Embedded in the tradition of new years resolutions is the notion that ‘better’ people with more will power are more effective. They achieve desirable out comes. This isn’t really true. Some people chance upon an effective tactic and find it easy to keep it going beyond 5 weeks and most people don’t and end up feeling let down.

It is a lottery. The people who stick to their New years resolutions get to feel great, because they can attribute their success to themselves, but the people who ‘fail’ have to buy another ticket next year. I think this tradition continues simply because enough notable exceptions get lucky and manage to make it work.

So what is the answer? 

Well the end of the year is a time for reflection. So if you must have a new years resolution and you are finding it hard to stick to use this simple trouble shooter i have drawn up. Click on the image to make it bigger. If it helps please like and share this post using the links bellow. Happy New Year!

How to fix your new years resolution

How to fix your new years resolution

If your Stag doesn’t want a stripper.

stage do wine

I once worked for the BBC on a show that was broadly about the difference between men and women. We recreated an experiment that show that when men were in the presence of ‘hot’  women there risk taken behaviour increased. The hansom fella in the long black coat is me in my fatter days:

The point of the experiment is that attractive women increase male testosterone levels and this  inter makes men more likely to take increased risks. I remember planning this shoot. We talked about shooting or cutting a sequence that involved lots of archetypal male activity that showed men taking increase risks: Base Jumping, bungie jumping, wrestling. I joked with my female boss that I would like them to do that sequence and then cut to me doing my typical male activity of taking the bins out.

The point I was making is that most blokes art on steroids, constantly throwing themselves of

buildings or getting into fights. It’s not enough we still have the historical pressure to earn more than our female partners, we are also supposed to recreationally fight tigers while maintaining a

body fat of less than 8%. In the meantime your friends expect you to drink like a fish and mock any attempt to watch what you eat.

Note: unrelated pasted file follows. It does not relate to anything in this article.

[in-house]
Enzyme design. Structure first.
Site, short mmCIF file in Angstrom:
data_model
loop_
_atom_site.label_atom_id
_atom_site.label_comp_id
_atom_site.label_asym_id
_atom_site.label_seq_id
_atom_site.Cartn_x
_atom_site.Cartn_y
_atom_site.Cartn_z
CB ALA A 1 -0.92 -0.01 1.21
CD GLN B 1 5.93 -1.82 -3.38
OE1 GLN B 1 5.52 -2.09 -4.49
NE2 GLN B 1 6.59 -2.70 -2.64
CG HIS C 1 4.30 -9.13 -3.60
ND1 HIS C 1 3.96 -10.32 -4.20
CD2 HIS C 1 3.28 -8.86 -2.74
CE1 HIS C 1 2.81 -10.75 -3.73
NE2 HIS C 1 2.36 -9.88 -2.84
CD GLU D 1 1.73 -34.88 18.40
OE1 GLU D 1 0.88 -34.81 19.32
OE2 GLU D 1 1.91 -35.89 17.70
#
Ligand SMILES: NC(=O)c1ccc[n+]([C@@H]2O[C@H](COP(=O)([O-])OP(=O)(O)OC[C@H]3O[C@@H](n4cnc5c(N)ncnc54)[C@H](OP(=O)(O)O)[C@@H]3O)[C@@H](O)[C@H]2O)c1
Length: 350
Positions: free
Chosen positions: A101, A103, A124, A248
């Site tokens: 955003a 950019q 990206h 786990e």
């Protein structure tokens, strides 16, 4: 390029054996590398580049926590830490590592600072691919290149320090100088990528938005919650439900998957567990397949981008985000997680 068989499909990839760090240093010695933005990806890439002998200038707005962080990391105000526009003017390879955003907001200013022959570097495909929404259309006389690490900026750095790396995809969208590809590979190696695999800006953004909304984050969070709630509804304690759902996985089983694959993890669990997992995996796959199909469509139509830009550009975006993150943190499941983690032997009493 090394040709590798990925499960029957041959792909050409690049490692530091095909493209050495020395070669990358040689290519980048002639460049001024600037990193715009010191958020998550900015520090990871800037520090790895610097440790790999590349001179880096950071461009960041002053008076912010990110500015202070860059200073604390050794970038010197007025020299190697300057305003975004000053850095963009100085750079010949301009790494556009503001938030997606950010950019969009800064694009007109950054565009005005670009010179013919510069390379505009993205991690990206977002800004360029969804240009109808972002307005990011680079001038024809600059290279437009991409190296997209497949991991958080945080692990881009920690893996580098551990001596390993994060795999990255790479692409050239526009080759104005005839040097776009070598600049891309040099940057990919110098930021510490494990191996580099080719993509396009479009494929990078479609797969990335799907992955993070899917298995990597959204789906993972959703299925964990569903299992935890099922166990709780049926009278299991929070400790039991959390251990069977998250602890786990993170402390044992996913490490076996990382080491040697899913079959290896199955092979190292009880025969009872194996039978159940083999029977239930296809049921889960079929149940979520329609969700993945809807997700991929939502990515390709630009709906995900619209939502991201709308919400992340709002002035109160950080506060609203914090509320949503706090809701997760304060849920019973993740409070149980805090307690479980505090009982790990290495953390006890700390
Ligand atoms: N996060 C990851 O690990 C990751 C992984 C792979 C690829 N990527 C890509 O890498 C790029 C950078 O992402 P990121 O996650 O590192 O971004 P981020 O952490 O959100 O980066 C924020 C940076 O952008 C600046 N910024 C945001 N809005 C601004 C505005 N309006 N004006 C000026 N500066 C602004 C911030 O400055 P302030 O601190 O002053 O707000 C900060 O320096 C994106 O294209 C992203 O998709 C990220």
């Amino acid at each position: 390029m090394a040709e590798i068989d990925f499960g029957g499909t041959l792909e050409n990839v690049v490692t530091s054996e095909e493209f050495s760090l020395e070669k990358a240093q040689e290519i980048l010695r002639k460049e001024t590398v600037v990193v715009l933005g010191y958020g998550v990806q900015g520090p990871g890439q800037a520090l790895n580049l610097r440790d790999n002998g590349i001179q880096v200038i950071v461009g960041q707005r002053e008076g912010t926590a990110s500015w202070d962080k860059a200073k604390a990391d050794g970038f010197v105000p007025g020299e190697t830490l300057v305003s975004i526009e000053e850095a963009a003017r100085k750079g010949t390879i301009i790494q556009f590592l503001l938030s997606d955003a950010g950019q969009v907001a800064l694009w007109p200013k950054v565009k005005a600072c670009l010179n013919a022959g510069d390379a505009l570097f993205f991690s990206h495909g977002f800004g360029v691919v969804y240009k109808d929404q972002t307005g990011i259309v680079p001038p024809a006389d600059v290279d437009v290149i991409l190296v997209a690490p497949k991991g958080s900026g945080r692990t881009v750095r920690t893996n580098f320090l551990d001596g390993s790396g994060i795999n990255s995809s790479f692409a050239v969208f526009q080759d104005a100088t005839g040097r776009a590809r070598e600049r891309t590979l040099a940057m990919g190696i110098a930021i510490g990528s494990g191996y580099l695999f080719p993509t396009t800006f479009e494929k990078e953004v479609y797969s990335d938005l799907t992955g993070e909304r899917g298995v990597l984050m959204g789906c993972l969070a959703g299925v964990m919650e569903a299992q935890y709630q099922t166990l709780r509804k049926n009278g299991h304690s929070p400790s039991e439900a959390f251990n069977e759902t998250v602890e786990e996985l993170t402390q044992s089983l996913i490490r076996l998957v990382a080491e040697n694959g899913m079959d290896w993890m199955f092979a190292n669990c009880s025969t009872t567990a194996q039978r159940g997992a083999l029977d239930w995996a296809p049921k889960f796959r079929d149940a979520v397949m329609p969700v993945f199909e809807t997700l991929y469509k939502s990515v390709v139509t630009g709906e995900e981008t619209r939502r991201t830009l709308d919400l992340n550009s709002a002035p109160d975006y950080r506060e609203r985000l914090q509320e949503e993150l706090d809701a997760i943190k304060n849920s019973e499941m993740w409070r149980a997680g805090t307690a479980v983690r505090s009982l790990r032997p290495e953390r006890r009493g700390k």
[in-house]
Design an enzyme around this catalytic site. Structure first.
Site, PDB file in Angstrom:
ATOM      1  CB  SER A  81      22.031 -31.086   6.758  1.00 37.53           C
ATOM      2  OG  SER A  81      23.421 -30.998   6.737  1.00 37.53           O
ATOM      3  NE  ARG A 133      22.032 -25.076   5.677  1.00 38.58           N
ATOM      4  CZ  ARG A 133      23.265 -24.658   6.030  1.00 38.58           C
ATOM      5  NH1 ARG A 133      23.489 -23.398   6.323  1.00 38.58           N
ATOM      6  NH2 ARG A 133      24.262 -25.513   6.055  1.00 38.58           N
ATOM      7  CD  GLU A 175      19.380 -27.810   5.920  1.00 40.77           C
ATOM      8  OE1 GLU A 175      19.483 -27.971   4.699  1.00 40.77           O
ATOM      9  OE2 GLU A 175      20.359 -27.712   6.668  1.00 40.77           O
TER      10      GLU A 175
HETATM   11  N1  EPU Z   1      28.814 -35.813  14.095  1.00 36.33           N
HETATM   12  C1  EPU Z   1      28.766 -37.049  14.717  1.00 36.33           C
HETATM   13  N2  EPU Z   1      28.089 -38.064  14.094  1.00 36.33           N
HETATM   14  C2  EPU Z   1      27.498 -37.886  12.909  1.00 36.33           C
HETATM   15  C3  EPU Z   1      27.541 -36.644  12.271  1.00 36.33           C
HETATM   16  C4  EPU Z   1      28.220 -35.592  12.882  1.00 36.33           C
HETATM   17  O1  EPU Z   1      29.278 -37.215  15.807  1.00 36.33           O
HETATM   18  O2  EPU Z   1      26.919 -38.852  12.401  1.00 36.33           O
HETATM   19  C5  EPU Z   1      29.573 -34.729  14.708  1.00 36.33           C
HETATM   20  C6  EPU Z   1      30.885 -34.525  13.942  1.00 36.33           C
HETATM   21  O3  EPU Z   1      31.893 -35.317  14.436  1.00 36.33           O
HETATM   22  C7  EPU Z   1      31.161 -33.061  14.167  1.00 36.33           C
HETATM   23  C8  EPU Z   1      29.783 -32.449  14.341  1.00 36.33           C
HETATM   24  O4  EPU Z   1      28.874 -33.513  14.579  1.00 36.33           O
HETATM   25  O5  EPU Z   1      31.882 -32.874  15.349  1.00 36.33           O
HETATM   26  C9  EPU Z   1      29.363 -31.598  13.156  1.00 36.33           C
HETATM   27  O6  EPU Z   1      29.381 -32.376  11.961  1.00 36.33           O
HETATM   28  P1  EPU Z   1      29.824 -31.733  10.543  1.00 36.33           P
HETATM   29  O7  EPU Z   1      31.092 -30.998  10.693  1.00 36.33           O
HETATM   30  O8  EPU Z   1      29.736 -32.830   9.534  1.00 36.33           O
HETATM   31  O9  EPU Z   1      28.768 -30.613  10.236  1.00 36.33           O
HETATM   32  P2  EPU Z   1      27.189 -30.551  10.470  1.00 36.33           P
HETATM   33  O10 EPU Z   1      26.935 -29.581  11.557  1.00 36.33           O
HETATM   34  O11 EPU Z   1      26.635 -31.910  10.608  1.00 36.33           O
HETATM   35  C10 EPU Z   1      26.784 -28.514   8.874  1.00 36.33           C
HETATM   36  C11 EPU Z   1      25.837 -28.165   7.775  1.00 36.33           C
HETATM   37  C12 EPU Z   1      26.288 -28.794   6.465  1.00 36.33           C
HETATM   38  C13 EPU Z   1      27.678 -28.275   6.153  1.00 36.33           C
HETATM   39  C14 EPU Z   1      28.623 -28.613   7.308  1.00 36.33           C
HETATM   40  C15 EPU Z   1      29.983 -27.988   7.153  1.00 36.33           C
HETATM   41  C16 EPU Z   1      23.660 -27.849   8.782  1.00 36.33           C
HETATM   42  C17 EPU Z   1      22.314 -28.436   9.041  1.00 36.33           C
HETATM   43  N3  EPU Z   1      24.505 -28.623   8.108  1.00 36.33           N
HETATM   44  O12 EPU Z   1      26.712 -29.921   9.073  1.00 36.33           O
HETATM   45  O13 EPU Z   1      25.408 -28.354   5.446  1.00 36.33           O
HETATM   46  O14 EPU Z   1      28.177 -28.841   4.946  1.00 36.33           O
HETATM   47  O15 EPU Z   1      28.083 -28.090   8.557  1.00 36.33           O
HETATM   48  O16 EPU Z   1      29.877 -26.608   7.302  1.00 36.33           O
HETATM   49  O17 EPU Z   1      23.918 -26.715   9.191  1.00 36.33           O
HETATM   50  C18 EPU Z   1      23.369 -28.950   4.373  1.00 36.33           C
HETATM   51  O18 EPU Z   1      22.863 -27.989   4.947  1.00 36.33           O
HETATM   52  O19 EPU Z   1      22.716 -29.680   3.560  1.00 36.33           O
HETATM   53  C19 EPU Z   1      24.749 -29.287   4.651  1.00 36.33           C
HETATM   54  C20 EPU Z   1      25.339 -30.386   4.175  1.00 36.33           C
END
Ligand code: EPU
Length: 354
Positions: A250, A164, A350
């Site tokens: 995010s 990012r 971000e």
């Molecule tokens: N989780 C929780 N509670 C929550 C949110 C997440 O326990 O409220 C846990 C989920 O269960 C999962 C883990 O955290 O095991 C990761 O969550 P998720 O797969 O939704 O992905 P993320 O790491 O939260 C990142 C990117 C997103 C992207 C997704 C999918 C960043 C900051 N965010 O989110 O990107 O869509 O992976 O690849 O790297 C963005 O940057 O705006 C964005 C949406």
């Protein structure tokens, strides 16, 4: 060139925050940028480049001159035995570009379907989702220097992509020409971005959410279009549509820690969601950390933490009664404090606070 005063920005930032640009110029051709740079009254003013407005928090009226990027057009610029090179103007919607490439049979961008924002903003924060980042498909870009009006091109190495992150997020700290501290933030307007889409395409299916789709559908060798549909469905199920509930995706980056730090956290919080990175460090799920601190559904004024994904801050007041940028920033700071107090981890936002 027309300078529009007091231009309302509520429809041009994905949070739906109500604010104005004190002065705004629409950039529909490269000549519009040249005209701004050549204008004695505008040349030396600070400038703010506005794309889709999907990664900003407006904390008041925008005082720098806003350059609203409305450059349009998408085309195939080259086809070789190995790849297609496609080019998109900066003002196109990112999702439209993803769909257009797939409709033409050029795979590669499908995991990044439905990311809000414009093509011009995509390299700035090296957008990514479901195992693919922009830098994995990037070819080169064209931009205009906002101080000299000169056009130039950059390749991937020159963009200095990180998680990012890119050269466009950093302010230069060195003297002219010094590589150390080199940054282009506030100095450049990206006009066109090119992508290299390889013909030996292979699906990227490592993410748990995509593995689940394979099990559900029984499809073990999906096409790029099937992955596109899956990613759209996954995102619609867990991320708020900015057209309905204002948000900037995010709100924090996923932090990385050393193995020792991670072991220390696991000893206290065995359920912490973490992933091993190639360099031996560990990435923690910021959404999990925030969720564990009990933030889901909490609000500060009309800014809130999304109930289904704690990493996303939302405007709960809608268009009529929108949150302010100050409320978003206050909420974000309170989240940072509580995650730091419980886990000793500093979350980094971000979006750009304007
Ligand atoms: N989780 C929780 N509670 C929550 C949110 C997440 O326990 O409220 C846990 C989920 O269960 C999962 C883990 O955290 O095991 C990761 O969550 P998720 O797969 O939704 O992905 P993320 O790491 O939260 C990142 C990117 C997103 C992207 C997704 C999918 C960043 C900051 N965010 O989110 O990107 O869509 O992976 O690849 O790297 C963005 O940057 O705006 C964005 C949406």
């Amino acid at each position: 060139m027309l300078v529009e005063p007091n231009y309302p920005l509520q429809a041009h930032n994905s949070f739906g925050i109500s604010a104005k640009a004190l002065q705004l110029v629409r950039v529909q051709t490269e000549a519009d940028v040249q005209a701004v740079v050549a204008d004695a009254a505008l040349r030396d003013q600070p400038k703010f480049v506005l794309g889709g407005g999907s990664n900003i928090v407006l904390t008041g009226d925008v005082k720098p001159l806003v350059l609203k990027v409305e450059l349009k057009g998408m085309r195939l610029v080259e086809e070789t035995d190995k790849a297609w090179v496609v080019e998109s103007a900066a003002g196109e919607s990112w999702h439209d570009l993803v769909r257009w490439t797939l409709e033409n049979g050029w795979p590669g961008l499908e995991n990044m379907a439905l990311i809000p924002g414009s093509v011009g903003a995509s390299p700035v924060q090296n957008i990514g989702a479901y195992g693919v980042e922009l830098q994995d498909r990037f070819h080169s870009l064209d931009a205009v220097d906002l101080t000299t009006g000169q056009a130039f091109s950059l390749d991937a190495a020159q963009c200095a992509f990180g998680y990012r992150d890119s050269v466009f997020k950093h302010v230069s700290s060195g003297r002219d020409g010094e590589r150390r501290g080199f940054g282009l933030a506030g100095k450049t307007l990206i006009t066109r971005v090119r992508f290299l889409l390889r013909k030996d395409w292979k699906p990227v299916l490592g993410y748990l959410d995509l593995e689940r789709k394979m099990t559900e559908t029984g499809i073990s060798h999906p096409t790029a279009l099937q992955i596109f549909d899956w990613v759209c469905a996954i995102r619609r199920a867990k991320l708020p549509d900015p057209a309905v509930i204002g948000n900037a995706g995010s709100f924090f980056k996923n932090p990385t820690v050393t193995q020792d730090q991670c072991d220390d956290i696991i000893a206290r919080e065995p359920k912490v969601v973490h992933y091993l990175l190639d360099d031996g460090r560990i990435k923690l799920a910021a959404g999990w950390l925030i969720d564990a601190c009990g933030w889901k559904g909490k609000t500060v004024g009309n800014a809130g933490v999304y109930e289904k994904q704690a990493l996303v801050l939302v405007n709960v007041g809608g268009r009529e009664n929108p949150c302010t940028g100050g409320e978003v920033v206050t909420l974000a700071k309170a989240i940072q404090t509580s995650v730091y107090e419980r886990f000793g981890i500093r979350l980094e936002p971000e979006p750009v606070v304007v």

Stag do’s in particular come with a lot of cultural baggage. Let’s face it they are a not insignificant expenditure, even if you all agree to constrain the budget. So you want to make sure everyone is going to enjoy it, especially the stag! Most blokes have to contend with the question of weather or not to have a stripper. I would be interested to know what the split is these days: I know I have lived a sheltered existence. None of the stag do’s I have been on have had one.

Not least it’s weird, in so much as most women don’t want their partners to have, one and most men don’t really want to lie to their partners about having had a stripper. It could be me, but I don’t see my friends all that often. After university people end up scattered around the country, if not the planet. There are the odd significant birth days that merit a weekend away with friends, but other than that, holidays with friends consist of stag do’s. Often enough many of the people who should be on the stag are in fact female. If there is one thing girls tend to be better at than guys, it is checking in with each other via text and phone. Even if it is lads only, its nice to be able to spend at least a little time chatting and catching up.

If your stag likes wine or cycling Wine rides will be perfect for them. There’s a fun activity, its chilled out and there is plenty of booze on hand that wont give you a massive hang over. Also we love having stags on Wine Rides. The stags that come on a Wine Ride are great guys. I also remember my own wedding and know what a special time it is. It means a lot to me to be able to see groups of friends getting together at this important time and I love being able to help create great stag do’s that are fun not hideous.

https://youtu.be/voOjIPLxnoQ

If you are planning stag do for next summer and think a wine ride might be for your group get in touch, and we will see what we can do for you:

email info@winerides.co.uk

Mindfulness: skeptics guide

medatationI hate mumbo jumbo so I was initially very sceptical about meditation. I would go as far as to say that in the past i have openly mocked people for doing it. My wife does yoga and I am ashamed to say I once made a snide comment when I found out that yoga classes end with a guided meditation.

That having been said I think I have been meditating regularly for the best part of a year now and finally felt like I may have something constructive to say on the subject.

My early experiments with meditation didn’t go particularly well. I have a list of repeating weekly to-do’s and I added ‘5 minutes mindfulness’ to that list only to remove it after a brief period of time. Initially I found that creating an obligation with myself to meditate was adding to my stress levels. So i hit the delete button on that one pretty quick.

However on a very adhoc basis I did try and do some meditation throughout the year. I have heard that cocaine is a drug that becomes more addictive the more you do it. I think the same must be true of meditation, as the more i did it, the more i tended to get out of it.

I took the view that if there were any benefits to be gained from meditation that the majority of those benefits would be accrued with a very small but regular investment in time. So I decided that 5 minutes was how long I was going to try and do.

Now I do regularly meditate, almost every day and I will do 8 minutes. I have also found that I do find it to be a useful addition to my day. It is most useful for quickly reducing stress. Now we have had a child I just don’t get the enormous spans of uninterrupted time that I used to luxuriate in.